Living Fossils

January 24, 2021
By Damond Benningfield
Episode:

590521-living fossils.jpg

Crinoids are some of the oldest sea creatures. They are related to sea stars and sand dollars. Credit: Steve Herrick

Sea lilies and feather stars are some of the most beautiful and delicate creatures in the oceans. Many of these animals resemble feather dusters, with the “feathers” colored orange, yellow, green, or other hues.

They’re also among the oldest sea creatures. Their ancestors date back hundreds of millions of years. Because of that, they’re sometimes called “living fossils.”

Sea lilies and feather stars are crinoids. They’re related to sea stars, urchins, and cucumbers. There are about 600 species in all.

Feather stars are the most common crinoids. They can swim through the ocean or crawl across the bottom. They’re typically found in shallower waters -- often around coral reefs. Sea lilies, on the other hand, are anchored to the bottom by long stalks. They’re more common at greater depths.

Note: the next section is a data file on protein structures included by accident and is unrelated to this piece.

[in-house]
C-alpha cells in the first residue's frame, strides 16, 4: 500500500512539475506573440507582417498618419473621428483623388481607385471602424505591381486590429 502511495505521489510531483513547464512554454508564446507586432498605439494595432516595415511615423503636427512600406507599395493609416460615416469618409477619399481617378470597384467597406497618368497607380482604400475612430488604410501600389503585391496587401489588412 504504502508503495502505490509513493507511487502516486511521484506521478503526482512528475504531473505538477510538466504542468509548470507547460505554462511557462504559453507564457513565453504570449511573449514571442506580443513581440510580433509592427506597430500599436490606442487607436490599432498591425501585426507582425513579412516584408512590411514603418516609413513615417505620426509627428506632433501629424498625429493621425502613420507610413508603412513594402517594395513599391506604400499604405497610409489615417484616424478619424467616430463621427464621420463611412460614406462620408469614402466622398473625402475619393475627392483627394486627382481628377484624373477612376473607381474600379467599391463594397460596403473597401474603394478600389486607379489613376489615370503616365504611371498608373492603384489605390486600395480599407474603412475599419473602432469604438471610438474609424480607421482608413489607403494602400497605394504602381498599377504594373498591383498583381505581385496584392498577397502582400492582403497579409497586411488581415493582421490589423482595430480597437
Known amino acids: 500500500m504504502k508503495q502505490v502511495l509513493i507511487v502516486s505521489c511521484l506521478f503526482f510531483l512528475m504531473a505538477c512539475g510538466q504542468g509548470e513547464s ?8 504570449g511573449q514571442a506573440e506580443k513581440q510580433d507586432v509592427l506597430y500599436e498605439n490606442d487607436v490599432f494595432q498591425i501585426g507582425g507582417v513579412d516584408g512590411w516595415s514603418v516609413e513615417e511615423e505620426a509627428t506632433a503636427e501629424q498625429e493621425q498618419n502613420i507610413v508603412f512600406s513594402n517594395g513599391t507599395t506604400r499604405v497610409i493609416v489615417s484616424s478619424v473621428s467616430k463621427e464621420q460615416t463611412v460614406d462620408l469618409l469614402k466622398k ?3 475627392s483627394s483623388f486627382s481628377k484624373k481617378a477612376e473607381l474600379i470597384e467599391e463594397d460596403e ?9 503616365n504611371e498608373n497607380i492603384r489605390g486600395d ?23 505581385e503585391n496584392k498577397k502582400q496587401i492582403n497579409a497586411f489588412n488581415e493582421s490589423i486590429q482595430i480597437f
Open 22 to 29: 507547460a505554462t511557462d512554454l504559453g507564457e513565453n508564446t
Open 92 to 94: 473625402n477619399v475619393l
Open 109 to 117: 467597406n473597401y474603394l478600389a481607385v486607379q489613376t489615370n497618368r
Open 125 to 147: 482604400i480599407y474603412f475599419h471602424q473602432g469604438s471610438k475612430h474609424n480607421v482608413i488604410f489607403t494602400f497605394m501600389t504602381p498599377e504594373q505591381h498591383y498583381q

Both varieties have five arms. Each arm has many “branches” that look like feathers. Small structures on the feathers gather tiny organisms and other food that’s carried by the currents.

Crinoids are common in fossils dating back at least 480 million years -- and perhaps more than 500 million years. The fossils have been found all over the world.

Crinoids almost died out about 250 million years ago, during the biggest mass-extinction event yet discovered. Only a few species survived it. So Crinoids aren’t nearly as abundant today as they were in the distant past. But they still survive -- “living fossils” scattered through the world’s oceans.